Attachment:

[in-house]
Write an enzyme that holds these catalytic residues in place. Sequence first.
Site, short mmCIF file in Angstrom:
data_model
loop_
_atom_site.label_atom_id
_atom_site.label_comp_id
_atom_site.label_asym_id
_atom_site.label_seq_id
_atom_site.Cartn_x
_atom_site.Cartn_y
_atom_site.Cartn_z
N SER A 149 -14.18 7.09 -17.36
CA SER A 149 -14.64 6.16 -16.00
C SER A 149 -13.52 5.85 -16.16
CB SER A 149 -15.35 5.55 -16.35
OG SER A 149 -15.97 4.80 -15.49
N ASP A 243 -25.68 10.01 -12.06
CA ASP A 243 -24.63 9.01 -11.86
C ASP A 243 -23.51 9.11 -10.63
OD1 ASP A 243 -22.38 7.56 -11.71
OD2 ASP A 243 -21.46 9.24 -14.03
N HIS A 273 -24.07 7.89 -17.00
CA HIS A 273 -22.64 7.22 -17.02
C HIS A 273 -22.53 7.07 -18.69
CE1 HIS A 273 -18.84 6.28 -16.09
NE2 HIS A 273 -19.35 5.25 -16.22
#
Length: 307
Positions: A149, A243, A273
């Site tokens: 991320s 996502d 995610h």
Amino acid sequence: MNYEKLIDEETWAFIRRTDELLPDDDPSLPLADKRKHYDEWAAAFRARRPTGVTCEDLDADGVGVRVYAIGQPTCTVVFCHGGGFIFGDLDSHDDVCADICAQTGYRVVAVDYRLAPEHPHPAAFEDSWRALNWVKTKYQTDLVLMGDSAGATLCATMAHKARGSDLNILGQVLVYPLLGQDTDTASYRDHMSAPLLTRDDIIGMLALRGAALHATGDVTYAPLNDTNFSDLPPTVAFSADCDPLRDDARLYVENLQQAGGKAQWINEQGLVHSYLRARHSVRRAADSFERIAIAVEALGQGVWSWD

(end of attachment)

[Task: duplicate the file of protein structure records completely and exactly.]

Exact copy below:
[in-house]
Write an enzyme that holds these catalytic residues in place. Sequence first.
Site, short mmCIF file in Angstrom:
data_model
loop_
_atom_site.label_atom_id
_atom_site.label_comp_id
_atom_site.label_asym_id
_atom_site.label_seq_id
_atom_site.Cartn_x
_atom_site.Cartn_y
_atom_site.Cartn_z
N SER A 149 -14.18 7.09 -17.36
CA SER A 149 -14.64 6.16 -16.00
C SER A 149 -13.52 5.85 -16.16
CB SER A 149 -15.35 5.55 -16.35
OG SER A 149 -15.97 4.80 -15.49
N ASP A 243 -25.68 10.01 -12.06
CA ASP A 243 -24.63 9.01 -11.86
C ASP A 243 -23.51 9.11 -10.63
OD1 ASP A 243 -22.38 7.56 -11.71
OD2 ASP A 243 -21.46 9.24 -14.03
N HIS A 273 -24.07 7.89 -17.00
CA HIS A 273 -22.64 7.22 -17.02
C HIS A 273 -22.53 7.07 -18.69
CE1 HIS A 273 -18.84 6.28 -16.09
NE2 HIS A 273 -19.35 5.25 -16.22
#
Length: 307
Positions: A149, A243, A273
């Site tokens: 991320s 996502d 995610h």
Amino acid sequence: MNYEKLIDEETWAFIRRTDELLPDDDPSLPLADKRKHYDEWAAAFRARRPTGVTCEDLDADGVGVRVYAIGQPTCTVVFCHGGGFIFGDLDSHDDVCADICAQTGYRVVAVDYRLAPEHPHPAAFEDSWRALNWVKTKYQTDLVLMGDSAGATLCATMAHKARGSDLNILGQVLVYPLLGQDTDTASYRDHMSAPLLTRDDIIGMLALRGAALHATGDVTYAPLNDTNFSDLPPTVAFSADCDPLRDDARLYVENLQQAGGKAQWINEQGLVHSYLRARHSVRRAADSFERIAIAVEALGQGVWSWD